Amboro national park

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  • Publicado : 30 de mayo de 2011
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Date of creation
Initially created in 1973, the park was originally established as the Reserva de Vida Silvestre German Busch in 1984 but, with the help of the native biologist Noel Kempff, British zoologist Robin Clark and others, the park was expanded to its actual size in 1991. {{es icon}} {{cite news | author = Suarez Morales, Ovidio | title= Parques Nacionales yafines de Bolivia | date=[[22 February]] [[2007]]|accessdate = 2007-11-01}}

Description & Geography
Amboro National Park, covering an area of over 630,000 hectares in the western part of Santa Cruz State, within the denominated “Elbow of the Andes”, where the Eastern Cordillera ends its temporary westward course to regain a north-south axis. It lies within three distinct ecosystems: the foothillsof the Andes, the northern Chaco and the Amazon Basin. Amboro is a national protected area nearby the Santa Cruz, and one of the most visited parks in Bolivia.

Its attractions are determined by the peculiar features of its geography and by its biological makeup, both of them influenced by the cordillera’s direction, and letting the development of a great variety of flora and fauna. Its altituderanges from 300 up to allowing 3500 meters above sea level and annual rainfall ranges between 1400 and 4000 mm. Amboro stands out because of its vast biogeography. Besides holding some of the southernmost expressions of the Yungas forests, it is also a meeting point for the biological systems of the Chaco, the Amazon and the Andes. {{es icon}} {{cite news | author = Cuellar Chavez, Bismarck A. |title= Gran documental y atlas de Bolivia | publisher= Geografia, historia y vida | date=[[23 May]] [[2006]]|accessdate = 2007-11-01}}

The area is bordered north and south by two roads that connect the cities of Cochabamba and Santa Cruz. The southern road, built in the 1950’s and once asphalted, was left decaying after the opening of the northern route in the 1980’s. Today it hasreturned to gravel and dirt, limiting traffic and commercial exchange on this side of Carrasco and Amboro National Park.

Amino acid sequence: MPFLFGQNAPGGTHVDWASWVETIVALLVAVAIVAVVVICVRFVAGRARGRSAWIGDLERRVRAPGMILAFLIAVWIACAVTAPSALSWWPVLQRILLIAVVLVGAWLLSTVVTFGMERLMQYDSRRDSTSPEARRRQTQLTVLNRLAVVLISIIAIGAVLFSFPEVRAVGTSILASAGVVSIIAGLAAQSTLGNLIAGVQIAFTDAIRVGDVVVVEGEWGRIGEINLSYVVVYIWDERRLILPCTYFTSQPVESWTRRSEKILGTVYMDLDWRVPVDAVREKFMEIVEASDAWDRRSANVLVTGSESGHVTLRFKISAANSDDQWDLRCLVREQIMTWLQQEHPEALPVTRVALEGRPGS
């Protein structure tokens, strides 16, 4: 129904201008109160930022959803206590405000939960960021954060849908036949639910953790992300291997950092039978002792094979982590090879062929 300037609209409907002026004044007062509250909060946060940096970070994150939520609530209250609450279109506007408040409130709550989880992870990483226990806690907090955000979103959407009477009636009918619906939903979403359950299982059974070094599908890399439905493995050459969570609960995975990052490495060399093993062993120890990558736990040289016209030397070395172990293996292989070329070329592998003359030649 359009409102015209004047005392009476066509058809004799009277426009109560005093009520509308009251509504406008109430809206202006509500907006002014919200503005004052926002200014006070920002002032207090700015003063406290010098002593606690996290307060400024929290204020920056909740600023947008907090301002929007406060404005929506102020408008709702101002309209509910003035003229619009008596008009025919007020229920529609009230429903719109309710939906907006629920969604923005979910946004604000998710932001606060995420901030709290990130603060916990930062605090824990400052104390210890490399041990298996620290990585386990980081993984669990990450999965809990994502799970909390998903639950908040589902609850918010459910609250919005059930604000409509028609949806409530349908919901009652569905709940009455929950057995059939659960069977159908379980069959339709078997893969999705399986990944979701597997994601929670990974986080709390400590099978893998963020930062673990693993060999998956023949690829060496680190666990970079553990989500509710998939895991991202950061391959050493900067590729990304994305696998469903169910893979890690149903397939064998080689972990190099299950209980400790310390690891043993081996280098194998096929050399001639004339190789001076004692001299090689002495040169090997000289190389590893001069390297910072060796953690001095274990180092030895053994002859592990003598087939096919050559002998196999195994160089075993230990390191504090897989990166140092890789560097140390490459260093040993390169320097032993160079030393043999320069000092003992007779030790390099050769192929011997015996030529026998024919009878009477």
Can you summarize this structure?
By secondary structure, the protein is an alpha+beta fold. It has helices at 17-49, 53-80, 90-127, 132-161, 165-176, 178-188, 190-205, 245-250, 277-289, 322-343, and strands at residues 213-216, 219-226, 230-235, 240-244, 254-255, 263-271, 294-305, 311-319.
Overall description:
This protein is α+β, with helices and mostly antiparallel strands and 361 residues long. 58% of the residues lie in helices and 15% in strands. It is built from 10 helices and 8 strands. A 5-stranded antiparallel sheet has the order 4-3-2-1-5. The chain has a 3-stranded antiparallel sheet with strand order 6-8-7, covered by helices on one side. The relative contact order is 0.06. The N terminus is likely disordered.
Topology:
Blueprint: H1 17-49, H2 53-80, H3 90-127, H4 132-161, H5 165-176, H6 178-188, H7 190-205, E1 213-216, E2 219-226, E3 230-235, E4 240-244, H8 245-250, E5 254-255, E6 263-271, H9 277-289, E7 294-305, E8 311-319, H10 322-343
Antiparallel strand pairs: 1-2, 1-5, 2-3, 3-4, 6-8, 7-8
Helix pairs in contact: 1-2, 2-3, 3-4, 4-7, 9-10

These two roads are the starting point of many secondary ones, allowing easy access to the most developed parts of the Northern and Southern IMNAs (Integrated Management Natural Area). Small trails and river beds permit the access to the National Park, although the roughtopography only allows limited incursions. The principal access point to the Northern Zone are the towns of Buena Vista, Santa Fe, and Yapacani, along the new Cochabamba-Santa Cruz road - from which several dirt tracks lead penetrate all across the IMNA (Espejitos, Saguayó, La Chonta, Macuñucu) - and the Yapacani river during the rainy season. In the Southern Zone, the principal access points are alsosecondary roads principally departing from towns located on the main highway (El Torno, Samaipata, Mairana, Pampa Grande, Mataral, and Comarapa), relayed by secondary tracks and small trails. {{es icon}} {{cite news | author = Cuellar Chavez, Bismarck A. | title= Guía de viaje: Santa Cruz, Turismo y Cultura | date=[[05 April]] [[2006]]|accessdate = 2007-11-01}}

Since 1973, year of itscreation, the park’s rules and boundaries have been revised several times:
In 1984, the area was redefined as a national park and set its size to 180,000 ha. In 1989, from the town of Buena Vista and with a very limited budget, the Decentralized Unit of the Santa Cruz Forest Development Center took charge of the park’s first management, consisting essentially in flora and fauna inventories, acensus of the park’s human population and a few information campaigns.
This period saw the construction of the Mataracú, Saguayo, La Chonta, and Macuñucú ranger stations, administered by a liaison office, 10 park rangers, material and equipment. With support from TNC’s Parks in Peril (PiP) program, the Fundación Amigos de la Naturaleza (FAN) took part in the management of the park’s Southern Zone,...
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